Largo Commission Denies Public Art Ordinance
By Bill Lopez
LARGO -The City of Largo Commission denied an ordinance in their commission meeting Tuesday that would have provided funding for art in public places.
The ordinance sought to foster development of paintings, sculptures, statues, engravings, carvings and art in many other media to be permanently displayed in the city financed by fees on building projects.
In a 6-to-1 vote rejecting the ordinance, commissioners sited reservations about mandatory fees on building projects that could discourage development in the city.
Three people addressed the commission with similar reservations including Tom Morrissette, the president of the Largo Chamber of Commerce. He said the ordinance would add a major financial burden to developers and suggested the city look into a voluntary program with incentives to generate art funding instead of the mandatory fees.
The matter was considered by the commission in July and several modifications were put into the ordinance by the staff after extensive review by the Recreation, Parks and Arts Advisory Board, Community Development Advisory Board and the Planning Board.
None of the commissioners were completely comfortable with the ordinance as written citing the discouraging impact of fees on building projects as well as the potential difficulty of formulating an effective overseeing board as specified in the ordinance. It was pointed out that currently only two building projects would qualify for the program in the city.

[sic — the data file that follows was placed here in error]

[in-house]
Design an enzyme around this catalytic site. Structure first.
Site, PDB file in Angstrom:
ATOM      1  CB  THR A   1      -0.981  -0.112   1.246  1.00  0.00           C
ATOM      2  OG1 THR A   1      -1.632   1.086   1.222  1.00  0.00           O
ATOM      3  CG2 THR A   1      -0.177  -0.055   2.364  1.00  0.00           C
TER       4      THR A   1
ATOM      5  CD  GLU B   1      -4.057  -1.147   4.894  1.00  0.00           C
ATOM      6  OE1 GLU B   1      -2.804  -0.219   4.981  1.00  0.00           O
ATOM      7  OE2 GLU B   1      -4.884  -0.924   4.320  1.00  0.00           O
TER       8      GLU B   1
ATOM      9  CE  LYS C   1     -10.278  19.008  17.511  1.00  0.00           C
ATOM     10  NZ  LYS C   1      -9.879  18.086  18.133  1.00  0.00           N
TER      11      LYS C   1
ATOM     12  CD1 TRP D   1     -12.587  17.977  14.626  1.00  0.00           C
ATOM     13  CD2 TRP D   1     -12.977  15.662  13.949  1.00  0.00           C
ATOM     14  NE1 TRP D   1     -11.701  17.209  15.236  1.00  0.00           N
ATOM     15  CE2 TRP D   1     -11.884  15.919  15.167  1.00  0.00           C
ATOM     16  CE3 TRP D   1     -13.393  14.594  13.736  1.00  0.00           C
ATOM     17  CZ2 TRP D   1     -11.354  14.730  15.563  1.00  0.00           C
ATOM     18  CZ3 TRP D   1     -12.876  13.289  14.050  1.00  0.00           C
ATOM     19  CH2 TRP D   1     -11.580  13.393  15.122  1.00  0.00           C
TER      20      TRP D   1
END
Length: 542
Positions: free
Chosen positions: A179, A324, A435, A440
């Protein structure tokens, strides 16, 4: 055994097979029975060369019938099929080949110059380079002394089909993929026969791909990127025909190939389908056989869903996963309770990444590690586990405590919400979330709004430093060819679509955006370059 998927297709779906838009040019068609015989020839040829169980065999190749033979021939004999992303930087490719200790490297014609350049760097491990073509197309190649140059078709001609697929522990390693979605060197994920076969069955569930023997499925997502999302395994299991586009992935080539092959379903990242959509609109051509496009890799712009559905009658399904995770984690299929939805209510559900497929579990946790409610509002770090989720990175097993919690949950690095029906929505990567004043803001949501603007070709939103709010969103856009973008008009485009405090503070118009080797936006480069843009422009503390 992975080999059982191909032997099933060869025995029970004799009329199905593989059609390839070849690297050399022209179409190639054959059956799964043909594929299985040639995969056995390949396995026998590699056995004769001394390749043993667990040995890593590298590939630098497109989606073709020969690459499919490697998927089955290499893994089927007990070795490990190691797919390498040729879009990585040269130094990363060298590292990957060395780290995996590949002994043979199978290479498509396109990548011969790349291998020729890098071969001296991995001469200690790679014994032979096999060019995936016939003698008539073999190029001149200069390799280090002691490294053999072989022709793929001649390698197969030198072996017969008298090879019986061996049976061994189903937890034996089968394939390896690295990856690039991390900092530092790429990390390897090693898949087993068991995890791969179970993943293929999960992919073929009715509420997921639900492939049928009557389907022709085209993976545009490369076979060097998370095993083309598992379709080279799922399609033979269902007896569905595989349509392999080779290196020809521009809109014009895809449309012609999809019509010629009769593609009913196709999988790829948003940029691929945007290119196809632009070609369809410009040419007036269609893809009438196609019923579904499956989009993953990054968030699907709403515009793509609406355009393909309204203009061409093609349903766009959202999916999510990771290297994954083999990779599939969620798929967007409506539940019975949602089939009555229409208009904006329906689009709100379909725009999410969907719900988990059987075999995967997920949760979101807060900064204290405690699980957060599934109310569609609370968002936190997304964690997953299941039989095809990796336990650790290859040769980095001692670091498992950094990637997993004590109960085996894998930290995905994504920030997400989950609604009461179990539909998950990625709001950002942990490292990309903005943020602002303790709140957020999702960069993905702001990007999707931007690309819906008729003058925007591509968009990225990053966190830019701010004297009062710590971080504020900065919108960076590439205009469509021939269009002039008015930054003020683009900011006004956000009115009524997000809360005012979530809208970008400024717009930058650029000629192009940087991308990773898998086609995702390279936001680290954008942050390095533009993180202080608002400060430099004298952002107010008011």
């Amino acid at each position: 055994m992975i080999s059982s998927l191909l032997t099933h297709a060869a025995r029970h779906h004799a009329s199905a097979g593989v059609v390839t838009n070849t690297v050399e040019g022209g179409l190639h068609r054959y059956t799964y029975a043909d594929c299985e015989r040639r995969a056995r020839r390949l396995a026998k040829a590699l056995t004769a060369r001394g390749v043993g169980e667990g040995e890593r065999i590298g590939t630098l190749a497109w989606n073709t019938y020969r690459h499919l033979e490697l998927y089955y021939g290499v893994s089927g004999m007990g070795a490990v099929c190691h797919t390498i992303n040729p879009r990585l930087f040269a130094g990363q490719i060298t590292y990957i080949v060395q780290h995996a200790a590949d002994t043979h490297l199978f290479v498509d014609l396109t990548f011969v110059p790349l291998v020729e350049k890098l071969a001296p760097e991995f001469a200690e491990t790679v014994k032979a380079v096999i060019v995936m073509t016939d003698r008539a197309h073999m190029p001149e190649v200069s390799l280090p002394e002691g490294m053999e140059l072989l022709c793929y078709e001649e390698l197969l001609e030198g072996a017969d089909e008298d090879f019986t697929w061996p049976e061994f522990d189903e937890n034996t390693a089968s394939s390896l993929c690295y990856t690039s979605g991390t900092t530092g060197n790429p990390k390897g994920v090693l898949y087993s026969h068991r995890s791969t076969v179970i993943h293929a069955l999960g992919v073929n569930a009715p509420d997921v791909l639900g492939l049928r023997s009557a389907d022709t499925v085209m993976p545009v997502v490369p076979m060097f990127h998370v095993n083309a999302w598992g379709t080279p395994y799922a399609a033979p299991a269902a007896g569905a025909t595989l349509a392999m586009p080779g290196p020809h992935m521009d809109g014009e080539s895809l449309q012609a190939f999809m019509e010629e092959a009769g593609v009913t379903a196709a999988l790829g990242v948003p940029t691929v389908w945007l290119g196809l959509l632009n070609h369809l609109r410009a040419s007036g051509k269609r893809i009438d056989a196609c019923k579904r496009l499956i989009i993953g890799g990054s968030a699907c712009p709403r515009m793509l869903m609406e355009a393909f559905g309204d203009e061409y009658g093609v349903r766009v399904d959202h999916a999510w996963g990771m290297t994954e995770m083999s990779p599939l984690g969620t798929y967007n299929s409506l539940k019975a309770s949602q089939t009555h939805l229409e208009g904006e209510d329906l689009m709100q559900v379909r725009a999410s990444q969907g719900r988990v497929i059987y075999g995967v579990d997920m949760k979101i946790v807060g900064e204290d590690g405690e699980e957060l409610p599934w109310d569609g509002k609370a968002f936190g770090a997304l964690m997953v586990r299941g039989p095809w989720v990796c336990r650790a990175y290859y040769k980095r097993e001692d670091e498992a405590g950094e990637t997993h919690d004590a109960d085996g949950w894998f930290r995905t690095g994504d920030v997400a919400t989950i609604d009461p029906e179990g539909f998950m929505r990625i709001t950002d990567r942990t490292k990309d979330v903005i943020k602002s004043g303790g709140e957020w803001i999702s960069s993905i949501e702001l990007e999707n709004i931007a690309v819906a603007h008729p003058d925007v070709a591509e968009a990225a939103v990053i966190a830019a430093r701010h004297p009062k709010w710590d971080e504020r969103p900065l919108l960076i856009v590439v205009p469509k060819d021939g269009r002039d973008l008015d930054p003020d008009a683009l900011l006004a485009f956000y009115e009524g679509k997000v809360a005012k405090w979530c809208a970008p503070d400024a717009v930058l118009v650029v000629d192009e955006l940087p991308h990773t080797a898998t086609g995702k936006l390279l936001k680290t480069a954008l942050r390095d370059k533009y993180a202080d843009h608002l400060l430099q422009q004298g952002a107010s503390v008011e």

Speaking against the project Commissioner Rodney Woods suggested that the city has many other far more practical needs that could be addressed with funding such as sidewalk repair.
Upon examination of program, it was pointed out that other communities with art funding programs do not levee fees on private developers but limit funding to those projects are funded with public money.
The ordinance included a funding mechanism that would levee a fee on eligible city capital improvement projects of $500,000 or more in construction cost. The contribution should be no greater than 1% of the total construction costs, before the addition of the public art costs not to exceed $200,000 per project.
It would have also assessed a public art contribution not to exceed 1% of the total construction cost (and not to exceed $200,000) on private construction or renovation projects related to commercial, office, hotel, industrial, mixed use developments and medical facilities, any of which equal or exceed an Aggregate Project Value of $2,000,000.
In lieu of an onsite project, the ordinance provided for a developer to contribute 0.5% of the Aggregate Project Value (not to exceed $200,000) to the Public Art Fund. This is a change from the previous draft ordinance reducing the in-lieu-of fee from .75% to .50%.
To administer the art programs funded with public money, a seven member Public Art Board would have been appointed to develop detailed guidelines and operating procedures to be approved by the City Commission.
While rejecting the ordinance, the commission did not specify that staff revamp the program or provide any specific direction for future consideration of the matter.
Contact Bill Lopez at email@example.com.
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